From the Left



'Emperor' Obama's Immigration Frustration

By Clarence Page, Tribune Content Agency on

Republican fury over President Barack Obama's drastic executive action on immigration distracts from the most obvious solution: the sensible compromise that senators from both parties passed more than 500 days ago, only to have it bottled up by Speaker John Boehner in the House.

It has one major flaw, as far as House Republicans are concerned: Obama likes it.

"I worked with Congress on a comprehensive fix," the president said in his Thursday immigration speech, "and last year, 68 Democrats, Republicans and independents came together to pass a bipartisan bill in the Senate. It wasn't perfect. It was a compromise, but it reflected common sense."

"It would have doubled the number of border patrol agents, while giving undocumented immigrants a pathway to citizenship if they paid a fine, started paying their taxes, and went to the back of the line," he said. "And independent experts said that it would help grow our economy and shrink our deficits."

It would also add drones, watchtowers, camera systems, ground sensors and 700 miles of fencing along the Mexican border. All of this would have to happen before the first eligible migrants would receive "green cards" for permanent permission to live and work here.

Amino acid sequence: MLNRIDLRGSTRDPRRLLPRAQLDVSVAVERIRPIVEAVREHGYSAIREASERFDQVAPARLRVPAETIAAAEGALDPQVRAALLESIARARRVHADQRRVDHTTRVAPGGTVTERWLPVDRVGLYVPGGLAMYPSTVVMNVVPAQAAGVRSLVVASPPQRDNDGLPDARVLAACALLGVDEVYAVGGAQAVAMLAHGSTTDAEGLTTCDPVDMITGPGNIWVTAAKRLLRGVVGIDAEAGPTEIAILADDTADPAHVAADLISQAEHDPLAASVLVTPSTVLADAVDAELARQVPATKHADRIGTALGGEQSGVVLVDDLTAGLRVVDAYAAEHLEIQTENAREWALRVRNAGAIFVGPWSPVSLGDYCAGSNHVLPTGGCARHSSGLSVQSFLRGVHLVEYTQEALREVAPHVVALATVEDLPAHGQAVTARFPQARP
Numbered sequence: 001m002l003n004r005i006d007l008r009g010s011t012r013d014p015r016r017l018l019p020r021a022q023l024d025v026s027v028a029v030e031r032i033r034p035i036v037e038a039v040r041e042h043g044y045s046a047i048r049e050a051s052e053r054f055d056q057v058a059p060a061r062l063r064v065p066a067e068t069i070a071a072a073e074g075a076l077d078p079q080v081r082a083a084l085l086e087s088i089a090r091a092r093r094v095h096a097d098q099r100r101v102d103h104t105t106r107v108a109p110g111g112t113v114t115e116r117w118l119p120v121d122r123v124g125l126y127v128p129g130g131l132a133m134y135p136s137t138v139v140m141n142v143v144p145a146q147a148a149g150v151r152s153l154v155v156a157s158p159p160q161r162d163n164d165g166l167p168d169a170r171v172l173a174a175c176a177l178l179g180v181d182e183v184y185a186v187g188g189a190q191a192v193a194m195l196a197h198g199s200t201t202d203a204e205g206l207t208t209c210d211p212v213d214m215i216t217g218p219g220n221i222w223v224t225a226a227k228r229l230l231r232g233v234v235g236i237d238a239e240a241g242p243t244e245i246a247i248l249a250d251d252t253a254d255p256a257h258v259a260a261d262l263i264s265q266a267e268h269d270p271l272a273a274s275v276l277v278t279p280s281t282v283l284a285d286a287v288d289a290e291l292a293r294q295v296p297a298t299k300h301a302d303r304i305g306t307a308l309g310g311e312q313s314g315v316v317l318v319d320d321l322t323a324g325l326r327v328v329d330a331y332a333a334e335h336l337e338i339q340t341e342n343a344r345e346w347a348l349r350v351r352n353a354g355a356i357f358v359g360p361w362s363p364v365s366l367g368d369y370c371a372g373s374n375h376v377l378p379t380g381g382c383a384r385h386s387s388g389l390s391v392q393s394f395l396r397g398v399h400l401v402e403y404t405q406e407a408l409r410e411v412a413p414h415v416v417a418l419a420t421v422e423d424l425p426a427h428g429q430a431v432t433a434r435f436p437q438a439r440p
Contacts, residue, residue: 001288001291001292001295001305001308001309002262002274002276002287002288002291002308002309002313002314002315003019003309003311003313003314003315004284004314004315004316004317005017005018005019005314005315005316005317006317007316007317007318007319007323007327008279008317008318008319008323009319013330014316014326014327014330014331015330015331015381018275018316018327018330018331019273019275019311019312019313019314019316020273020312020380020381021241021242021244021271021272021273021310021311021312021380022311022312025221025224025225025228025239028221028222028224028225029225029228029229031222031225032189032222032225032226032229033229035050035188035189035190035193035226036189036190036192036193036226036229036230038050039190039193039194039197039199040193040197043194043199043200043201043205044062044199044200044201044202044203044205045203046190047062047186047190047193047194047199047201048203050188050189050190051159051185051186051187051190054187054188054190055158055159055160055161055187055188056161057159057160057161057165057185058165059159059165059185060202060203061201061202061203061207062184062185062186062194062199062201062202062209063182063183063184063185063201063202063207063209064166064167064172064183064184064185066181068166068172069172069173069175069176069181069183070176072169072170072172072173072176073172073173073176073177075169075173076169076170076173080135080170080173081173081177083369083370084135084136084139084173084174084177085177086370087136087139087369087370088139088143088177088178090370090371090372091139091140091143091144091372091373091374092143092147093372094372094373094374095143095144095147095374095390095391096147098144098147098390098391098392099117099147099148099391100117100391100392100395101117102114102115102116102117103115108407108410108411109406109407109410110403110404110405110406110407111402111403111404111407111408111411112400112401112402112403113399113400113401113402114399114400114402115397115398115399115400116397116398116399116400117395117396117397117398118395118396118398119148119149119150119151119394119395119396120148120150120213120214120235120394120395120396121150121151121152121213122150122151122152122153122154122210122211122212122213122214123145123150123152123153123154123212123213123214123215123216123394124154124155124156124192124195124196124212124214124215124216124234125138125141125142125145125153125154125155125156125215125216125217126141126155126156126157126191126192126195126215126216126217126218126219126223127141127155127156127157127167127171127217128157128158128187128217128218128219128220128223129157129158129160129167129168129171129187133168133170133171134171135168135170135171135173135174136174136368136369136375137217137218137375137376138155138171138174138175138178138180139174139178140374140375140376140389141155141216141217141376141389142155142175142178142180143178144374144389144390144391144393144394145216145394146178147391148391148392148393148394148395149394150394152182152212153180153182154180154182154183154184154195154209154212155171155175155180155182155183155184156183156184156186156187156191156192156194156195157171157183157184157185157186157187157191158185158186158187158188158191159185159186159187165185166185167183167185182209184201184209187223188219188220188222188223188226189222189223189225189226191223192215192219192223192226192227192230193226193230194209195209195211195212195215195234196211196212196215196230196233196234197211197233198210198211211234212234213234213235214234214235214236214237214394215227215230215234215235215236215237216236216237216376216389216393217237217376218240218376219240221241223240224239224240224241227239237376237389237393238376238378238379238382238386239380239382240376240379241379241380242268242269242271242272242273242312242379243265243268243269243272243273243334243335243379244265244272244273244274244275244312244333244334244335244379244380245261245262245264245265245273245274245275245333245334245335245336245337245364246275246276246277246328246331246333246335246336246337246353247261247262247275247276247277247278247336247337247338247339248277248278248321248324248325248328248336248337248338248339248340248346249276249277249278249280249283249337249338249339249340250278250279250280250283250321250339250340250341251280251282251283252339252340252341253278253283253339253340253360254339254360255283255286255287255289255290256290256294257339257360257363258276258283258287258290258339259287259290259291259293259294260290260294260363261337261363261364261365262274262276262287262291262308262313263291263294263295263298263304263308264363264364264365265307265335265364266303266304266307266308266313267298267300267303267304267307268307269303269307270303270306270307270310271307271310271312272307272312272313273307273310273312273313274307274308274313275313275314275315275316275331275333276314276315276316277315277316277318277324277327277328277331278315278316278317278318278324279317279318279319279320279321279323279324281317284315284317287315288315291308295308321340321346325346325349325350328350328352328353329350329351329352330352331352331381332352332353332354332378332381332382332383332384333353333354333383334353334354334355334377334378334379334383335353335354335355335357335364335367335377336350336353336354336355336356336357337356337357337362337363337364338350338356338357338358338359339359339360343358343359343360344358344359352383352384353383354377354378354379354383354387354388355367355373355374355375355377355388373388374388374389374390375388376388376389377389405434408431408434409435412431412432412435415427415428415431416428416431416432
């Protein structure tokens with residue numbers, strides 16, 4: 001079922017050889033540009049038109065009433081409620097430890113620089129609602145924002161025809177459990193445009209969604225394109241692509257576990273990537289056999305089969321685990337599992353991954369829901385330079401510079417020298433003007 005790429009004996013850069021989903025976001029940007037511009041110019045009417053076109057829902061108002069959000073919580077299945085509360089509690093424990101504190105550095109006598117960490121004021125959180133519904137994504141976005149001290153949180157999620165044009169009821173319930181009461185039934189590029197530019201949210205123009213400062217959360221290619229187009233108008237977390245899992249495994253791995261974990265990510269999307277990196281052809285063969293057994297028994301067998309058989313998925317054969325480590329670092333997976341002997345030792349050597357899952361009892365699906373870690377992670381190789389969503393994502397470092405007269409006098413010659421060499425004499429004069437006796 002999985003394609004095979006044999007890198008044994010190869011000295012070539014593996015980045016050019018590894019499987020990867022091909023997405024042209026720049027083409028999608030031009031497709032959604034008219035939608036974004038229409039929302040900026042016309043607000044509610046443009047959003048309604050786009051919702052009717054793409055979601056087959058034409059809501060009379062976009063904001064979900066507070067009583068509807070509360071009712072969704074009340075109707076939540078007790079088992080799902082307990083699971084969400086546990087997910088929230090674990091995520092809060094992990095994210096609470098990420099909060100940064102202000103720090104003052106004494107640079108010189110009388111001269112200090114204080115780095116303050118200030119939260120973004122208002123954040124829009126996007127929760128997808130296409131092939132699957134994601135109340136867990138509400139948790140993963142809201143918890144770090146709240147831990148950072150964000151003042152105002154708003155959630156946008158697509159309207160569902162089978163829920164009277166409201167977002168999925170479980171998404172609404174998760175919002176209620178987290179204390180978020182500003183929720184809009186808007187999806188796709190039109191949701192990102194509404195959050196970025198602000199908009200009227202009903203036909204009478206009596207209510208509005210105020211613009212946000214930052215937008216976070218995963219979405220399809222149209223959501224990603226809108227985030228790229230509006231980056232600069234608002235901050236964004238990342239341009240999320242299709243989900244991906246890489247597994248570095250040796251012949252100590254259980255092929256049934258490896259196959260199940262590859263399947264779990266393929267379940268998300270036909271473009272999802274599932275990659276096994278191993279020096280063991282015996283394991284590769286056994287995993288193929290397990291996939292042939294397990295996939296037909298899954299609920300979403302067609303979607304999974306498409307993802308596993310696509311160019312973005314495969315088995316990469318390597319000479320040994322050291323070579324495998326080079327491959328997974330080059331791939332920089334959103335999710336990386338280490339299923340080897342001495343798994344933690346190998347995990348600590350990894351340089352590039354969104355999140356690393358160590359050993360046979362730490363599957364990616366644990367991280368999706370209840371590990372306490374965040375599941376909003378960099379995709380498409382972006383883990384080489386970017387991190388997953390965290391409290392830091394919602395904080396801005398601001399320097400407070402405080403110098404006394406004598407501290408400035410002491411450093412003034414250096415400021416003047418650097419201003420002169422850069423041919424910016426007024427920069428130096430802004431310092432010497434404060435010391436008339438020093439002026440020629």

That's what conservatives say they want: stronger border security before clearing any more immigrants for a pathway to legal status.


The Senate "gang of eight" that wrote the bill included leading Republicans: Florida's Marco Rubio, South Carolina's Lindsey Graham and Arizona's John McCain and Jeff Flake.

The Democrats, for the record, were Illinois' Dick Durbin, New Jersey's Bob Menendez, New York's Chuck Schumer and Colorado's Michael Bennet.

If Boehner let a bill like that come up for a simple up-or-down House vote it would pass, but probably not with a majority of Republican House members supporting it.

Even before the Senate bill passed last year Boehner said he would not bring up any immigration compromise for a vote unless it was supported by a majority of House Republicans -- and he's sticking to it.


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